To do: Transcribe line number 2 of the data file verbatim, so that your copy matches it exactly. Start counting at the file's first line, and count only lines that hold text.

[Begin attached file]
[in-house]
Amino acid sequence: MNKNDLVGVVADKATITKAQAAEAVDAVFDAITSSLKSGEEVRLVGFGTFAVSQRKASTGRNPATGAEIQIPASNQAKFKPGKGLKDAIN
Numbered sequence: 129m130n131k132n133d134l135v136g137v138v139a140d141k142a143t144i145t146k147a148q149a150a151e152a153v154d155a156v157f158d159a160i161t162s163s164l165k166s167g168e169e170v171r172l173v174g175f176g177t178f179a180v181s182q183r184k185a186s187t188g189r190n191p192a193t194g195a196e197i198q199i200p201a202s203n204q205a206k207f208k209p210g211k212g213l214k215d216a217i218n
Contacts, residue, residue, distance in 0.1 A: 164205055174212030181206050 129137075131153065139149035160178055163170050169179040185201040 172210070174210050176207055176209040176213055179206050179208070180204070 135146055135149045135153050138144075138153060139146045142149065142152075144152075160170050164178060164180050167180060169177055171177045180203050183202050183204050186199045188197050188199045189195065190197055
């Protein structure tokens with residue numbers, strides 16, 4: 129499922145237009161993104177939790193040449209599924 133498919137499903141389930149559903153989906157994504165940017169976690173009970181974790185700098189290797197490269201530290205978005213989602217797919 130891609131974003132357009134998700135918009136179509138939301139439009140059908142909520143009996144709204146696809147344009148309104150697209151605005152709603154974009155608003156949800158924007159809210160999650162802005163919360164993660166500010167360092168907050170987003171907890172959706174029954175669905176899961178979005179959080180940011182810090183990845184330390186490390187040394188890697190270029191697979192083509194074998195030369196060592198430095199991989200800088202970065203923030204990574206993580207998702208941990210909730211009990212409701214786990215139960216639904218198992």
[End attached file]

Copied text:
Amino acid sequence: MNKNDLVGVVADKATITKAQAAEAVDAVFDAITSSLKSGEEVRLVGFGTFAVSQRKASTGRNPATGAEIQIPASNQAKFKPGKGLKDAIN